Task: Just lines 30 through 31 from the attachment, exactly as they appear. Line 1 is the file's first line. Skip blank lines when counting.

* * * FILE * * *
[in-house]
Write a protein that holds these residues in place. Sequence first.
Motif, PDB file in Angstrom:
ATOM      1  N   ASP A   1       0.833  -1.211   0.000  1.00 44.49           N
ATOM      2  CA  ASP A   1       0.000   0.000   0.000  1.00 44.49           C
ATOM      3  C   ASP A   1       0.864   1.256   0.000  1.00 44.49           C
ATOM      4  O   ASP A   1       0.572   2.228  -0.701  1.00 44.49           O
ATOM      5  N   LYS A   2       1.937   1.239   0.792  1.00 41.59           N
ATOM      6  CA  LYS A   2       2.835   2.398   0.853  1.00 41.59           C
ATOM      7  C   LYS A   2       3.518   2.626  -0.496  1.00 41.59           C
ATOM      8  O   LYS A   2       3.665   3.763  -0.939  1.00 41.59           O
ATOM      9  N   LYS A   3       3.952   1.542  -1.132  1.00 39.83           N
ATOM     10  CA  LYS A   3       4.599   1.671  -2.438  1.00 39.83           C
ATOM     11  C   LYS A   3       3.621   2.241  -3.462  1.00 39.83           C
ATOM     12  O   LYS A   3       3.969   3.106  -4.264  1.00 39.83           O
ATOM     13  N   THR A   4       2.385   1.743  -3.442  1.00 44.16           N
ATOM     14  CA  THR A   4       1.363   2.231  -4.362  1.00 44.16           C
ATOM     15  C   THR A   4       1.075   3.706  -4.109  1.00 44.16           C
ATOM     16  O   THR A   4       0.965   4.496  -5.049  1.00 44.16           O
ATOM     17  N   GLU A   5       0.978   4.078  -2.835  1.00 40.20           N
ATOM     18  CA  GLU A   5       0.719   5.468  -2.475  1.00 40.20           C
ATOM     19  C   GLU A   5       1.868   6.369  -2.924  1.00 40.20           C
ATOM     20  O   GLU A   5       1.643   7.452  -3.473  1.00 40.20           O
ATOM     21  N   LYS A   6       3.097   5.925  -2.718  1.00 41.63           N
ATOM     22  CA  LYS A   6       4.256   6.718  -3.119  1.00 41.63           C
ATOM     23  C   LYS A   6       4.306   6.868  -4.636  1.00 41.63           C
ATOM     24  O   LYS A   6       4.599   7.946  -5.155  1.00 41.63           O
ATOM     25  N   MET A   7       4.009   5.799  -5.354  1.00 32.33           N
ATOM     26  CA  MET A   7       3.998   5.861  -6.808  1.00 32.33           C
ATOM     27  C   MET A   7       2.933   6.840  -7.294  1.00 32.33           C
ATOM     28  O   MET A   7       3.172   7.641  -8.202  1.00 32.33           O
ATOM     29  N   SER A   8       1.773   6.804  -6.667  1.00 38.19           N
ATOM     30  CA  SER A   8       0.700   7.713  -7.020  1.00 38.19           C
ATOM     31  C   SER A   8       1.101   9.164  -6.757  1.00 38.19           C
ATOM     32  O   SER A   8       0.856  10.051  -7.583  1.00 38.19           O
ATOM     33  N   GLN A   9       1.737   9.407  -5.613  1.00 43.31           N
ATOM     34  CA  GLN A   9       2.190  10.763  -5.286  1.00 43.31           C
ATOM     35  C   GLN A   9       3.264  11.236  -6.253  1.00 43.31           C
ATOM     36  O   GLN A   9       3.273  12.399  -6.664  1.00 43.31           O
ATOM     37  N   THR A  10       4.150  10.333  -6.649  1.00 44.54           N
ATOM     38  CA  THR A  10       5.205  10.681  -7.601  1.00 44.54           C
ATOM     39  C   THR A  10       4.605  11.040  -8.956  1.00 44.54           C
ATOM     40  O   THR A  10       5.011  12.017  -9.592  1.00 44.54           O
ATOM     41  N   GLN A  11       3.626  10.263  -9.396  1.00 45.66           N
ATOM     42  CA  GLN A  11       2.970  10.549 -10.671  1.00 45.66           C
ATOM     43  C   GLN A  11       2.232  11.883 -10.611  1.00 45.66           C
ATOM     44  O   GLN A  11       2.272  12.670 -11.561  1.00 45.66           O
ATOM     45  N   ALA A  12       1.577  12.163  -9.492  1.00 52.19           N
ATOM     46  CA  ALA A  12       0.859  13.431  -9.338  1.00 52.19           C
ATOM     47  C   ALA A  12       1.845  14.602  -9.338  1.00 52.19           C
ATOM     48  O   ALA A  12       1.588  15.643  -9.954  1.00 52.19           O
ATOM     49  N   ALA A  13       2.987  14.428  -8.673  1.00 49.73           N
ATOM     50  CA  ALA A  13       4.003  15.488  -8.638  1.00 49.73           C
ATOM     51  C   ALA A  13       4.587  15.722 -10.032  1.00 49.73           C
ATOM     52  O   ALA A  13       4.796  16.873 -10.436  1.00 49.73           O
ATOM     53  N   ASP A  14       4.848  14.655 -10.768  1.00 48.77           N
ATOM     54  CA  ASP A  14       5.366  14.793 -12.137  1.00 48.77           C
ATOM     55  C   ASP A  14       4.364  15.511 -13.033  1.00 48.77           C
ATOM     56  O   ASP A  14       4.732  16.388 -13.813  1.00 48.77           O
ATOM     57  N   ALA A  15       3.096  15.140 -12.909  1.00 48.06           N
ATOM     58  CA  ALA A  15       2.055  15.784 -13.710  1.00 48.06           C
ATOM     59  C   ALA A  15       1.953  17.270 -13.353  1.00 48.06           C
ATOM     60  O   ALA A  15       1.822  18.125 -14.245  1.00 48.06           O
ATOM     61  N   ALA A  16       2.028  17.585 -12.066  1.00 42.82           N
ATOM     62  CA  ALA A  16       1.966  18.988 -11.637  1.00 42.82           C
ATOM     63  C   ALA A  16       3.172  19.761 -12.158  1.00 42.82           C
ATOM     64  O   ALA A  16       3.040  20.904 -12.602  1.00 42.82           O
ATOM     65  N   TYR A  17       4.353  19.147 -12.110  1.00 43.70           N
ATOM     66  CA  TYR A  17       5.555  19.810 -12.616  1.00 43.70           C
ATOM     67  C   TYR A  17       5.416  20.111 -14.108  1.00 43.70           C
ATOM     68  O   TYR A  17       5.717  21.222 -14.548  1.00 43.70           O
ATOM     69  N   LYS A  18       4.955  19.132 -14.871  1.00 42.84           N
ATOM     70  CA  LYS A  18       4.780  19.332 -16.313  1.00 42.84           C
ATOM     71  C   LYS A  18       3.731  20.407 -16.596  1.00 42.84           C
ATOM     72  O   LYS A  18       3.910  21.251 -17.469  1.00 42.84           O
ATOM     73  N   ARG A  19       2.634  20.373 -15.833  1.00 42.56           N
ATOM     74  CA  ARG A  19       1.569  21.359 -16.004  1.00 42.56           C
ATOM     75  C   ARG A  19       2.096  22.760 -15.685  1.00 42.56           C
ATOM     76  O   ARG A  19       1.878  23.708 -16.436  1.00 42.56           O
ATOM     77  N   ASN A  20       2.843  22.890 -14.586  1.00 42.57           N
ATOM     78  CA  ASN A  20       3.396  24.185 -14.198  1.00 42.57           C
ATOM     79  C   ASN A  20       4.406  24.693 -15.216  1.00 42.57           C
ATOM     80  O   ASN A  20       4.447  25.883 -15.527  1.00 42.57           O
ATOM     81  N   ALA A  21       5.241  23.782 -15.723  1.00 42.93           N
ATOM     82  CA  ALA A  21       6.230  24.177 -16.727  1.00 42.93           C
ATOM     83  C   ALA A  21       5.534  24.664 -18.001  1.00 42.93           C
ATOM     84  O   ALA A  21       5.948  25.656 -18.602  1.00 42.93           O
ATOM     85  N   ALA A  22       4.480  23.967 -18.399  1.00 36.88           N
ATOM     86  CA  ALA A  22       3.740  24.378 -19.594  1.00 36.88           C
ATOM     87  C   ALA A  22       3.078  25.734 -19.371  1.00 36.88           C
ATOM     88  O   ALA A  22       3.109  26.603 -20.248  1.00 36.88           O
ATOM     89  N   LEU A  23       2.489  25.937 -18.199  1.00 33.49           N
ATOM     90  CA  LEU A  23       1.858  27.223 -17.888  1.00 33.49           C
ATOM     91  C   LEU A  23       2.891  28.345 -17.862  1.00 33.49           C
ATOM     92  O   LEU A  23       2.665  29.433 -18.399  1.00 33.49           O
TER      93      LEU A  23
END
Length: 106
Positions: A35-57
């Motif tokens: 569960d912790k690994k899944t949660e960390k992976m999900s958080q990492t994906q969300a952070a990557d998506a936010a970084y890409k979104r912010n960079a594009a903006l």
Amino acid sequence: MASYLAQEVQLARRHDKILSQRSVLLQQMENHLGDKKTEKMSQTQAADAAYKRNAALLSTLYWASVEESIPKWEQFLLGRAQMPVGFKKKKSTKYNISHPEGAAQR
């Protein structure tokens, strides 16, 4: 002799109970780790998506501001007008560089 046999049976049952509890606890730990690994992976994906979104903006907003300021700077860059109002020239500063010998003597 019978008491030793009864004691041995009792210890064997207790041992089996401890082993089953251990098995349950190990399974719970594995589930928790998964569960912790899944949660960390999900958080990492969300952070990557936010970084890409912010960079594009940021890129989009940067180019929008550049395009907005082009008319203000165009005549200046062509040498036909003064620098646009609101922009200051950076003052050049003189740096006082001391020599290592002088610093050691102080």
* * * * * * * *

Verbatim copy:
ATOM     27  C   MET A   7       2.933   6.840  -7.294  1.00 32.33           C
ATOM     28  O   MET A   7       3.172   7.641  -8.202  1.00 32.33           O